Over the last decade or so, there has been a gradual realization that the major cause of blindness worldwide is cataract. In fact, over half of all blindness in the world is caused by cataract.1-6 This has generated an increasingly active discussion on the ways in which cataract surgery can be effectively delivered to those in developing areas where access to medical services, let alone ophthalmic care, is virtually nonexistent. Recently, attention has focused on what type of cataract surgery should be performed. While at times the debate has seemed polarized, a common view is now emerging.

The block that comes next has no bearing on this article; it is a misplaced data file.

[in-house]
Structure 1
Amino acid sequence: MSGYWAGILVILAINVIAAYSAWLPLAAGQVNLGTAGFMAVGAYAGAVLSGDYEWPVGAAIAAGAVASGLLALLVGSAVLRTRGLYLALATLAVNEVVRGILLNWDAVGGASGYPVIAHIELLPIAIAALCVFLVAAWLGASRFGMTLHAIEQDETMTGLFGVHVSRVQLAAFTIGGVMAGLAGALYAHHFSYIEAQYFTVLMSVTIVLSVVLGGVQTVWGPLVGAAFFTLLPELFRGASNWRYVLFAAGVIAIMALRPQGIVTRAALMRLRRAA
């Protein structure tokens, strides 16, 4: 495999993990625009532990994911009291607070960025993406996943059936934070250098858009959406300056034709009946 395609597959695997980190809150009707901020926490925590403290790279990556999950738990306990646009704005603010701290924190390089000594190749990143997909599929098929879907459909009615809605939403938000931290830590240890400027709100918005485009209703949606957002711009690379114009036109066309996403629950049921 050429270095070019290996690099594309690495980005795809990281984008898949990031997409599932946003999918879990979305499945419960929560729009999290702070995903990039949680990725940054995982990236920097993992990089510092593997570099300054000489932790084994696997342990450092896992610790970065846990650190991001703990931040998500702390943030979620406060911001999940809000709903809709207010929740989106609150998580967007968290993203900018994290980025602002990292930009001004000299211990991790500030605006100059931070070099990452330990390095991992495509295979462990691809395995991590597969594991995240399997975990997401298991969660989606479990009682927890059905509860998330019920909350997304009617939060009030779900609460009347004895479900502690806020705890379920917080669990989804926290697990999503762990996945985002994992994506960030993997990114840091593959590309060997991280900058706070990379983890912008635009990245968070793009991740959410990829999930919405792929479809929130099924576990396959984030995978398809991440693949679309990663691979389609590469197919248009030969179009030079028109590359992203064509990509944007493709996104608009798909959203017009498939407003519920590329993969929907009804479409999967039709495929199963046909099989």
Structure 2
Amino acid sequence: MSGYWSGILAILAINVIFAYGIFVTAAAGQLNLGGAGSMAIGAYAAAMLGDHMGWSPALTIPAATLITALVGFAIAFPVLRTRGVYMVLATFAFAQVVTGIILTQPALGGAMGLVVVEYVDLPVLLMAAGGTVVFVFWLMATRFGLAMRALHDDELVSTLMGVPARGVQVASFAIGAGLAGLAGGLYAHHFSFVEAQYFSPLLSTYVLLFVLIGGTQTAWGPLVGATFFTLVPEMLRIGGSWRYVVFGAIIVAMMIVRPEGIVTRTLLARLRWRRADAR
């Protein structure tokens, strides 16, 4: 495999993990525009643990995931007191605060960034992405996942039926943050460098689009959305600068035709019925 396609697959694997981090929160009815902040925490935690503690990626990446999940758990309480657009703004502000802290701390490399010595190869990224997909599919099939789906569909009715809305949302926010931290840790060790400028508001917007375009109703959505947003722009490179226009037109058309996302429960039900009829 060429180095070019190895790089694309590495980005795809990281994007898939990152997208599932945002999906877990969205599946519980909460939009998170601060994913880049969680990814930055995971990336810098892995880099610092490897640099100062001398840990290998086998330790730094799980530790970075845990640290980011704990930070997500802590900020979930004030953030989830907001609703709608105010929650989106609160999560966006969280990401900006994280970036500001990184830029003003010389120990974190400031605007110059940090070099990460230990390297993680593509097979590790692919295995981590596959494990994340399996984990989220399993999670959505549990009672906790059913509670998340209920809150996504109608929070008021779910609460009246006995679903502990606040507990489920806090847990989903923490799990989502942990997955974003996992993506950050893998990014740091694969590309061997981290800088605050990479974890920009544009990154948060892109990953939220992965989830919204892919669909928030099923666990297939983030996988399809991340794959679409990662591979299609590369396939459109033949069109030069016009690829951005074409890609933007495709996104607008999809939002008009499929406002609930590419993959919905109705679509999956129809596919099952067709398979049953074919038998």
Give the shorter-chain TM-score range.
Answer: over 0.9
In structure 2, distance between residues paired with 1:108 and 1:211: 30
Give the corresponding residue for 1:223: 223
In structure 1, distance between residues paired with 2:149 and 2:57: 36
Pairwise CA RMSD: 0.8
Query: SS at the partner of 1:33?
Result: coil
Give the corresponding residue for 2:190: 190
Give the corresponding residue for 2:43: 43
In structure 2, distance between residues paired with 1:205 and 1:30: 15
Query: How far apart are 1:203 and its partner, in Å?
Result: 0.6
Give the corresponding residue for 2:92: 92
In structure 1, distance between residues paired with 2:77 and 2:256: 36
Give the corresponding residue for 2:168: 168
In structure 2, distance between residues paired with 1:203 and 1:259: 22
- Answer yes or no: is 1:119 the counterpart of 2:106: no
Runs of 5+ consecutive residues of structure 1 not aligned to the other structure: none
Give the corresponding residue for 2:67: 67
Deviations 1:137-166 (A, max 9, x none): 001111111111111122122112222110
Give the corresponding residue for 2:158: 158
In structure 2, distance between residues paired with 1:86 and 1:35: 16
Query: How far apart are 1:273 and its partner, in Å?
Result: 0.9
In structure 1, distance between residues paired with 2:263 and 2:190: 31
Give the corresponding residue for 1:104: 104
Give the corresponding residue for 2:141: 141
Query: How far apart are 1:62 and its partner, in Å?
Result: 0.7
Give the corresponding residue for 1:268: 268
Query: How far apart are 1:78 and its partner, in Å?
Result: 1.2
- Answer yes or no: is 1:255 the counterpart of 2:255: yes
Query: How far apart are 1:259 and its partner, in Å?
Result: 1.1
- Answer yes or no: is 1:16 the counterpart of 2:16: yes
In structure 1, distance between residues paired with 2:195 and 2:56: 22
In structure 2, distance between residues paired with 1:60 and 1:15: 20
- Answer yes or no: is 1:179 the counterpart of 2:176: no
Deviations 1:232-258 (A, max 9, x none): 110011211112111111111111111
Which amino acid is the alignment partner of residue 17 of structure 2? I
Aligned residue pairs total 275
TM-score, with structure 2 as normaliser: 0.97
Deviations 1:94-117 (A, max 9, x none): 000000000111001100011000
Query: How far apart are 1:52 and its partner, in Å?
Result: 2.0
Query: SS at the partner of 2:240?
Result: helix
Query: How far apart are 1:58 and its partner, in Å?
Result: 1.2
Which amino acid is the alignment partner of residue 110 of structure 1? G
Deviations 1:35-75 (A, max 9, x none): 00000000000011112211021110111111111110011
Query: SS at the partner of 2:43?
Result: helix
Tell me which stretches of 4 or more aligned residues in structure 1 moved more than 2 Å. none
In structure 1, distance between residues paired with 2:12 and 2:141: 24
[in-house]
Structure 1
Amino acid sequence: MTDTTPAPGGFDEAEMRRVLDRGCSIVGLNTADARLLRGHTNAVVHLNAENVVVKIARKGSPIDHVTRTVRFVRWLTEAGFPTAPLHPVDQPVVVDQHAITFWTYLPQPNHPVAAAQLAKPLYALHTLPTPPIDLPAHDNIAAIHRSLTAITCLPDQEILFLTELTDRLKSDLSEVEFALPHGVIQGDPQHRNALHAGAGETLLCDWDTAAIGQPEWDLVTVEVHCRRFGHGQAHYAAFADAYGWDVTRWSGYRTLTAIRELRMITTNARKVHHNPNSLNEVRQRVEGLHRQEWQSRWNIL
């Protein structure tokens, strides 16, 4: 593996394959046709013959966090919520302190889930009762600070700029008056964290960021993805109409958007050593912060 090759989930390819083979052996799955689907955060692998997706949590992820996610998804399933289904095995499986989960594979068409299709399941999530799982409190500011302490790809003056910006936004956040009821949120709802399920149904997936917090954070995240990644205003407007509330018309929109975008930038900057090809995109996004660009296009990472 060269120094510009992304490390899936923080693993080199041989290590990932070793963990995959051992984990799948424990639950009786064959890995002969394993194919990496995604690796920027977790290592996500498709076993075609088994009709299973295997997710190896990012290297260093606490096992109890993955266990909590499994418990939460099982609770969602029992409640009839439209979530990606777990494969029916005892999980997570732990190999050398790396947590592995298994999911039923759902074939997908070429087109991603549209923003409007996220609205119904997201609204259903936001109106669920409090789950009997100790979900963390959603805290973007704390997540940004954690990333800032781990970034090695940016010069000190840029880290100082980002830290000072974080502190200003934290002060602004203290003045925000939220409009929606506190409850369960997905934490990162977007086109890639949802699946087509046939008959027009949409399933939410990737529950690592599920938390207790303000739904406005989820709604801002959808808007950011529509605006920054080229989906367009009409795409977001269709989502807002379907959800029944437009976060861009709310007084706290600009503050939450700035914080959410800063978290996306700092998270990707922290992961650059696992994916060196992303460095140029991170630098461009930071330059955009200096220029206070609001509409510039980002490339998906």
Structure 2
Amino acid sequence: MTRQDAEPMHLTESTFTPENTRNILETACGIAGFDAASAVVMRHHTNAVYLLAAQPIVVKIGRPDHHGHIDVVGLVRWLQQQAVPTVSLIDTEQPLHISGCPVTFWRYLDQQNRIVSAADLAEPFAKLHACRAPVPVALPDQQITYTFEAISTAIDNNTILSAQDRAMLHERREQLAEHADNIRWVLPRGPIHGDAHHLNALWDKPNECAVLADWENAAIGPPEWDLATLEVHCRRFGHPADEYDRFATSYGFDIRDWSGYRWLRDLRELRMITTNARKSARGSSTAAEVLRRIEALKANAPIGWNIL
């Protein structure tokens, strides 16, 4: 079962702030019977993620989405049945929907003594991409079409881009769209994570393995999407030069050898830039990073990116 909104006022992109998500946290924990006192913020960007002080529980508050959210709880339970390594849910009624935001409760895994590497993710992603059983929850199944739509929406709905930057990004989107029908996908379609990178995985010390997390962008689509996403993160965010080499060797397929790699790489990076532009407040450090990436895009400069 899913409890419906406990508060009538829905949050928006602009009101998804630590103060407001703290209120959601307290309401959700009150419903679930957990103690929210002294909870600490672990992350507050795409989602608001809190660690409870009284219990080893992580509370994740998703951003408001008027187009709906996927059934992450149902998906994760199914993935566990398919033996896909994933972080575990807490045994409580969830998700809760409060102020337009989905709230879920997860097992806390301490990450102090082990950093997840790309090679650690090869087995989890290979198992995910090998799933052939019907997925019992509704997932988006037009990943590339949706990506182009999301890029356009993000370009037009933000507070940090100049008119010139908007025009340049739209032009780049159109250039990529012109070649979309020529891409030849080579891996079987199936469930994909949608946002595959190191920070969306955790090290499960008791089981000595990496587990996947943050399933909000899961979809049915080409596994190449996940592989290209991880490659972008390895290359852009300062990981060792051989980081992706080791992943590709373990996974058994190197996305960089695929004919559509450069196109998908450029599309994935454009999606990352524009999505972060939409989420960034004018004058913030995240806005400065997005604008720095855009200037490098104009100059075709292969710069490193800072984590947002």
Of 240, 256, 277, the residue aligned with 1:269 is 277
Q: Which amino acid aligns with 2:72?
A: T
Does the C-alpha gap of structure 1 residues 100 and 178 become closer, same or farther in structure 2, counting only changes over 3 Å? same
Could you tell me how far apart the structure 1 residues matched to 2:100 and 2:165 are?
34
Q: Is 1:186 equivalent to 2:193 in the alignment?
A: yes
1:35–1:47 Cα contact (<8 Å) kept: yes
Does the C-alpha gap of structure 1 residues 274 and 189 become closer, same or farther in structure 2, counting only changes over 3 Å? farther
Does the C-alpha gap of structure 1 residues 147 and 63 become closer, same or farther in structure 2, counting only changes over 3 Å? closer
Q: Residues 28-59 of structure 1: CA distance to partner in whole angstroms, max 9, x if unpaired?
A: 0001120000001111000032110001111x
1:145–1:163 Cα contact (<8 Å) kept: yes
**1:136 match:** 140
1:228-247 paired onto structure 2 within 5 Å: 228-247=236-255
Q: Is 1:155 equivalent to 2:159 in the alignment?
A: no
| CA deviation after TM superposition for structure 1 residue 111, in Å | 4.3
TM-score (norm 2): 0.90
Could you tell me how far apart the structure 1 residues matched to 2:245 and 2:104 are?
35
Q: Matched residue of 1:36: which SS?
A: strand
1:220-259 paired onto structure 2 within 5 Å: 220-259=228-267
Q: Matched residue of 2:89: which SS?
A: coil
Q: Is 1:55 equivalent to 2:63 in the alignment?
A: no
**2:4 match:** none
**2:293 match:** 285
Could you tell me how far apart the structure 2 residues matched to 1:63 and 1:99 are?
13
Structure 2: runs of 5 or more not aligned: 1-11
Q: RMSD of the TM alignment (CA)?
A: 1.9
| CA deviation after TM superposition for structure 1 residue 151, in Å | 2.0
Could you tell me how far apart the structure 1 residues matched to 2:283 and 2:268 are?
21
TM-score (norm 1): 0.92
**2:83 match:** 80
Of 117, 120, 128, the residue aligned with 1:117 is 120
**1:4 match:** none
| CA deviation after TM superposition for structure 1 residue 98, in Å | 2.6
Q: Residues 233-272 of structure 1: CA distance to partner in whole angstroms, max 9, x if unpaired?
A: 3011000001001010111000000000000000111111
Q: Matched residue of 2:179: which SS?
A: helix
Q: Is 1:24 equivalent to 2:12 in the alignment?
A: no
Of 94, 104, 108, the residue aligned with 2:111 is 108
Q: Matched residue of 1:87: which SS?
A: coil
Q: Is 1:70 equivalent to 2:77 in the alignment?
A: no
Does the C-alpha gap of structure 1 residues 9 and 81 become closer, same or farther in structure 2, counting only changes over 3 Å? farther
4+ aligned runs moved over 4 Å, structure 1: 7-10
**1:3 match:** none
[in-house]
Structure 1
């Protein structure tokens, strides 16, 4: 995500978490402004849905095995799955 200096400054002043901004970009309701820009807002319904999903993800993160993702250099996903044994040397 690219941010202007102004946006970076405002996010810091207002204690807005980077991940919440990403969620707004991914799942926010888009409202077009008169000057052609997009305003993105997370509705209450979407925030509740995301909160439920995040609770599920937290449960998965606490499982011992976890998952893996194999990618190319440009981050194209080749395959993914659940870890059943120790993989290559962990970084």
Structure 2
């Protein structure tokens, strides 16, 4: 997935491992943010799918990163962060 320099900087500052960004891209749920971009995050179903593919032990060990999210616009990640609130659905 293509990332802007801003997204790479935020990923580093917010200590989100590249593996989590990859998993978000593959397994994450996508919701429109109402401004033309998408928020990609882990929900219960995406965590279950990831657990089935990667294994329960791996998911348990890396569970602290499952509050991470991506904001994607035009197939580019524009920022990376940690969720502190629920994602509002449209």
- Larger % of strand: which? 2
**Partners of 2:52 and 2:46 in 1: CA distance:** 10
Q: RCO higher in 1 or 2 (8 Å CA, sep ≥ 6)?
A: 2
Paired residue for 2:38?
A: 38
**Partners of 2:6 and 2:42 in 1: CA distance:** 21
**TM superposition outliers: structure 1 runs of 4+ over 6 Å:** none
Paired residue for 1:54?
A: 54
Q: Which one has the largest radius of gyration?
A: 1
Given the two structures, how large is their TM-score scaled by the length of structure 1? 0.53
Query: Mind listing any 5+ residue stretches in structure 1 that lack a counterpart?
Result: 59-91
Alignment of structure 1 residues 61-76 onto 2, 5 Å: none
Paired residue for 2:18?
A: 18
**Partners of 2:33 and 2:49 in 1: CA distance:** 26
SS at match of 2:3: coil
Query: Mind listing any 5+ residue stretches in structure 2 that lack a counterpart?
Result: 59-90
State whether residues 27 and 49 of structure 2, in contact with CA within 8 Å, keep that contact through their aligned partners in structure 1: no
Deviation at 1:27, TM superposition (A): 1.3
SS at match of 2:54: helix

Clearly, one cannot mandate one type of procedure for all situations. It is obvious that intracapsular cataract extraction (ICCE) is a cheap, effective procedure that many large programs have successfully employed for decades.7 It would be quite wrong to stop doing ICCE where it is acceptable and effective. We need to
Taylor HR, Sommer A. Cataract Surgery: A Global Perspective. Arch Ophthalmol. 1990;108(6):797–798. doi:10.1001/archopht.1990.01070080039032
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